By Ludwig Burger and Patricia Weiss
FRANKFURT (Reuters) – Bayer <BAYGn.DE> is considering job cuts and outsourcing as part of a wide-ranging review of drug research and development that will last until at least November, a person familiar with the company told Reuters.
The prospect of “very tangible changes” contributed to a decision by key board members to extend the contract of Hartmut Klusik, the 62-year-old head of personnel, which was due to expire at the end of the year, the source said. That decision is due to be signed off by the full board in September.
The savings that Bayer – the inventor of aspirin and maker of Yasmin birth control pills – could make as part of the overhaul would give it financial wiggle room as it competes with larger rivals to buy the right to promising treatments from biotech firms.
Bayer, which is due to release second-quarter results on Wednesday, is under pressure from investors to make purchases or do licensing deals that they say are needed to ensure the long-term independence of the pharmaceutical division.
But any major external expansion is unlikely until after the review is complete, the source said.
A company spokesman declined to comment on Klusik, any potential job cuts or outsourcing.
An extension of Klusik’s contract had been in doubt, two sources familiar with the company said. This is because drug production at Bayer’s Leverkusen plant in Germany was found to be substandard by U.S. regulators in February and this fell under his remit.
Bayer has said it launched the R&D review – starting in January when drug development head Joerg Moeller https://www.media.bayer.com/baynews/baynews.nsf/id/Bayer-combines-pharmaceutical-research-and-development-unit? was given additional control over research and discovery in January – to “seamlessly steer” R&D activities.
A new team, reporting directly to Moeller has just been appointed to help map out the new setup, a third source said.
The review will look at whether drug testing services should be outsourced to cheaper contractors. Labour representatives, who are worried about jobs moving outside the company, are involved in the talks, the first source said.
WINDOW OF OPPORTUNITY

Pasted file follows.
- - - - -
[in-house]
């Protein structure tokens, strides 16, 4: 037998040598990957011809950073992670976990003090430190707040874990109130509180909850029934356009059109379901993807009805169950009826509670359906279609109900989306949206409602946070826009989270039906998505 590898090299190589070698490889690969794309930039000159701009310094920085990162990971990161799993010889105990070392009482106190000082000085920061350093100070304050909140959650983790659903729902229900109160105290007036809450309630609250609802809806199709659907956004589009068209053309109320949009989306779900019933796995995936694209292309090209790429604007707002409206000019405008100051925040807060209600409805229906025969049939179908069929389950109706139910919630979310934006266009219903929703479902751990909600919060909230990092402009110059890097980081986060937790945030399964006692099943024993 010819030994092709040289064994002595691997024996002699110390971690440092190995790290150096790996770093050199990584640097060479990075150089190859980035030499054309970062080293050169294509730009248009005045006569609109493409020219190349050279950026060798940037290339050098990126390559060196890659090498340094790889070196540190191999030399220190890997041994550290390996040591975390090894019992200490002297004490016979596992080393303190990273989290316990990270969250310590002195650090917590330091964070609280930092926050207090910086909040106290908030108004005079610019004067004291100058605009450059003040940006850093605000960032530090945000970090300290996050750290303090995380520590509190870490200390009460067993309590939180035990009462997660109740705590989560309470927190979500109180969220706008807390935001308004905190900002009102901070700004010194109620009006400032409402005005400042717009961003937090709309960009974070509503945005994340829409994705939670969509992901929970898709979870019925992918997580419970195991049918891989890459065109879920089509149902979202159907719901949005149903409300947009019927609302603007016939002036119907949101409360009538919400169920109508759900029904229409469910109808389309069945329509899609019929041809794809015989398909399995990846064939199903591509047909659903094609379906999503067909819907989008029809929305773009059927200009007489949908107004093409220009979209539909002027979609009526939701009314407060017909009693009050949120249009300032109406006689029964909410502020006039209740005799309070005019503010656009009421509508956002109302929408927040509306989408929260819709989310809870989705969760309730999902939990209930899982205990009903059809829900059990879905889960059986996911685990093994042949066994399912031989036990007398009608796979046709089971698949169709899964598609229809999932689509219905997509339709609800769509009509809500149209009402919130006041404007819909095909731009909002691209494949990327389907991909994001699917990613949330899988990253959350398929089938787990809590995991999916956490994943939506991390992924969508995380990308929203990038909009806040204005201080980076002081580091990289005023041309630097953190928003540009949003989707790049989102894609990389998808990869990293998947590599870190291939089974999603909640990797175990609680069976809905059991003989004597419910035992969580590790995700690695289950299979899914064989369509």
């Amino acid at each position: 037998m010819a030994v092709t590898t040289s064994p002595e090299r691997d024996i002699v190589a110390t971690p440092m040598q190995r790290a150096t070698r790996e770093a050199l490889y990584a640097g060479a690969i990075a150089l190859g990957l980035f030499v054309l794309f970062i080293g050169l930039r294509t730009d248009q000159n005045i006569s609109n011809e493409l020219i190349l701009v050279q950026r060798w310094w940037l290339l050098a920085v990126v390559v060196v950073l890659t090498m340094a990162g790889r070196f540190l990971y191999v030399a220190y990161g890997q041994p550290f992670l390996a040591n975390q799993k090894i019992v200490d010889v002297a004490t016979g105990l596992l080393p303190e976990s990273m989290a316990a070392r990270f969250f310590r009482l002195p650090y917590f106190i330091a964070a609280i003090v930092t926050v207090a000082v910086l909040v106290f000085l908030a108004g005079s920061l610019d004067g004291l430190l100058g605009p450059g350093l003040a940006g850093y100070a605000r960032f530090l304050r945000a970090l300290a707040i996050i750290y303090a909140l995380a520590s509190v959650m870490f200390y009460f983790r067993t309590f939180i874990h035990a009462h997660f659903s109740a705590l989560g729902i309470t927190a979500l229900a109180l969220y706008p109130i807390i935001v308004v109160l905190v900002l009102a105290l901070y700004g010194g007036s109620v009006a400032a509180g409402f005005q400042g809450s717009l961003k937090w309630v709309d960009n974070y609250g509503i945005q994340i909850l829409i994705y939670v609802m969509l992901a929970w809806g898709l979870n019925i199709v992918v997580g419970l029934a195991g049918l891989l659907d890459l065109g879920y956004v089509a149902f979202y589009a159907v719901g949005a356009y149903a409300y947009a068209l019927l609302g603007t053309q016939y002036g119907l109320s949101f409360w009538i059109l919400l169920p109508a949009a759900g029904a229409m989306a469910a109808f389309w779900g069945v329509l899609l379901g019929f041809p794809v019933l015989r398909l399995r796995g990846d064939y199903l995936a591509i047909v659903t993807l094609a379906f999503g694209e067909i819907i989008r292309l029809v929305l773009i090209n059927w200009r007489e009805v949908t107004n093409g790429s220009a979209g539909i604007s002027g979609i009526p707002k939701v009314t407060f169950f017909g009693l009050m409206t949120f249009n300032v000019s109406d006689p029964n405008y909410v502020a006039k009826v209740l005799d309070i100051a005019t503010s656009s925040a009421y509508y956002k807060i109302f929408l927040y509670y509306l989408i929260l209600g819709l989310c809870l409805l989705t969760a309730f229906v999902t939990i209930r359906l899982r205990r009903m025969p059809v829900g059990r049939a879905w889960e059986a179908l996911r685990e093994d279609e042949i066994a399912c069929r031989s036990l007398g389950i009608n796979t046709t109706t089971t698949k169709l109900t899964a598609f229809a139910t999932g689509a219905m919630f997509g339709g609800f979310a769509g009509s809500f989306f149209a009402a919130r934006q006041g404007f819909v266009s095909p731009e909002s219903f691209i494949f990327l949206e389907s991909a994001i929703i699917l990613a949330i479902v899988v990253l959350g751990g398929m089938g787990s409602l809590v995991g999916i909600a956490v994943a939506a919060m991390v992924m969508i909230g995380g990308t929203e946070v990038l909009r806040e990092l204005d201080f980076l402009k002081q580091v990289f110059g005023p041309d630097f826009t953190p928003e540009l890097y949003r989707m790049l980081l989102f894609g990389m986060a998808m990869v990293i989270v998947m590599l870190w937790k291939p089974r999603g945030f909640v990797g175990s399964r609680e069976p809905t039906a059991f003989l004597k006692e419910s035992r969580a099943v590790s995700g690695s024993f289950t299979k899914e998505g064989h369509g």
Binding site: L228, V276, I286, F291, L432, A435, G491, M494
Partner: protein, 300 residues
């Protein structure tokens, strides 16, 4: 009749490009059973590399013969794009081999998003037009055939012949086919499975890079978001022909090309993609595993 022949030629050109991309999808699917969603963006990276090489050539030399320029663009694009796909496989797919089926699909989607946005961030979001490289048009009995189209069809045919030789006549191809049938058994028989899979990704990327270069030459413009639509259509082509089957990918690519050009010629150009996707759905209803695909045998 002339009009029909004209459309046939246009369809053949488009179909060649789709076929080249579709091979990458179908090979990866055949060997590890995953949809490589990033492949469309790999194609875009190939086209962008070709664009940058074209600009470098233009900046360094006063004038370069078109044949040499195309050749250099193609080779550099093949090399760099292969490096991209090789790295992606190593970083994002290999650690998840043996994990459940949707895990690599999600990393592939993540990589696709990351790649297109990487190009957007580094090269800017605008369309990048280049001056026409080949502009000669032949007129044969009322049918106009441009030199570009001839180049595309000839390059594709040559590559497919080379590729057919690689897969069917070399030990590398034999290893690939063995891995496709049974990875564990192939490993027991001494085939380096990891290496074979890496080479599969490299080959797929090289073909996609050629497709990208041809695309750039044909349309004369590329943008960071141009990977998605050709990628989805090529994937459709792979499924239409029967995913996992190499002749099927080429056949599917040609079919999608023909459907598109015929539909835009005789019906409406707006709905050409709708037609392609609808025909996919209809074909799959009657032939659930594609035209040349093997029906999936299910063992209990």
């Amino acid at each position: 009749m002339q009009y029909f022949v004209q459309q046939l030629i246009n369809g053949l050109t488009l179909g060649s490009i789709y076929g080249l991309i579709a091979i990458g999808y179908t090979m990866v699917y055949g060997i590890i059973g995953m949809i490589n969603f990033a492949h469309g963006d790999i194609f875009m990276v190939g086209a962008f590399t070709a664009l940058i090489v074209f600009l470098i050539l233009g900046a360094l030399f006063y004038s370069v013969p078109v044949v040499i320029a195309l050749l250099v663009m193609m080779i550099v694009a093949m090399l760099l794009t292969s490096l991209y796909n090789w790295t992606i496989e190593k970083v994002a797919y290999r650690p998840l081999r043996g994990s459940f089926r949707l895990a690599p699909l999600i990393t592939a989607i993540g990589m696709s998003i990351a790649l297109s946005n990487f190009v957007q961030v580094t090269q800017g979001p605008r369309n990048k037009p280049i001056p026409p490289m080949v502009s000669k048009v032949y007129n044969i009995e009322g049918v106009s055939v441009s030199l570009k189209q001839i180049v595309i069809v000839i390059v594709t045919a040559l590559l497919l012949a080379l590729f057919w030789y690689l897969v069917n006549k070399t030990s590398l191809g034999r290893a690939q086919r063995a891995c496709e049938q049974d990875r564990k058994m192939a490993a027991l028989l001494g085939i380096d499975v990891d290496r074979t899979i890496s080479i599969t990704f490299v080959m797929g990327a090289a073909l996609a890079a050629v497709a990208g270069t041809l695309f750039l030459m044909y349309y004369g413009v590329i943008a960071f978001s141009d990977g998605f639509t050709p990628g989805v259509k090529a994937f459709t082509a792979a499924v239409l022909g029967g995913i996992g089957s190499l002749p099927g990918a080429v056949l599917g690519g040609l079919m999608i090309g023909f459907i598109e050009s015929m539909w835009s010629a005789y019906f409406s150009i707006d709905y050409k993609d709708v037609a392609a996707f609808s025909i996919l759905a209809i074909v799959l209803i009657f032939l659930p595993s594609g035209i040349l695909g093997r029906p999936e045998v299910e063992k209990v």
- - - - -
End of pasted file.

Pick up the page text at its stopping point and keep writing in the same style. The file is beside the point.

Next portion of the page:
After Bayer’s $63 billion acquisition of Monsanto, which was concluded on June 7, profits depend equally on farming supplies and pharmaceuticals. Without an upgrade of the drugs pipeline, analysts say the balance could swing in favour of the agriculture unit.
Revenues from the drug unit’s top products, blood thinner Xarelto and eye drug Eylea, will peak over the next six years.
“That gives Bayer a window of one two three years to licence something in and, if not, to show that something is yet to emerge from its earlier-stage pipeline,” said Frankfurt-based fund manager Markus Manns at Union Investment, who holds Bayer shares.
Analysts say a better pipeline is crucial to preserving the independence of a pharma business that ranks 15th place among global peers, with about half the revenues of top three, Novartis <NOVN.S>, Pfizer <PFE.N> and Roche <ROG.S>.
“If Bayer consisted only of its pharma division they would certainly be an attractive takeover target and would probably not prevail on a standalone basis,” said Manns.
The sources said that CEO Werner Baumann and Chairman Werner Wenning’s push to acquire Monsanto was meant to render Bayer immune to unwanted overtures from larger pharmaceutical rivals.
The Bayer spokesman declined to comment.
Bayer has said its six most promising experimental treatments had an annual peak sales potential of at least 6 billion euros. CEO Baumann said in May that, with 50 projects in the clinical stage, pharma development was well positioned.
Investors have said Bayer’s November deal with Loxo Oncology to jointly develop cancer drug larotrectinib, was a step in the right direction.
A number of drug development projects fell short recently, including a trial on drug anetumab ravtansine against an asbestos-linked type of cancer and a bid to widen the use of prostate cancer drug Xofigo.
Other problems are also piling up for CEO Baumann. These include the prospect of years of lawsuits against Monsanto, the order by U.S. regulators to fix production problems in Germany and weak sales of consumer healthcare products. For a factbox:
Financial firepower for expansion is limited. Standard & Poor’s cut its credit rating to triple-B in the wake of the Monsanto deal. Bayer has said it will pay back debt to return to a single A rating.
(1 euro = $1.1437)
(Additional reporting by Matthias Inverardi in Duesseldorf; editing by Anna Willard)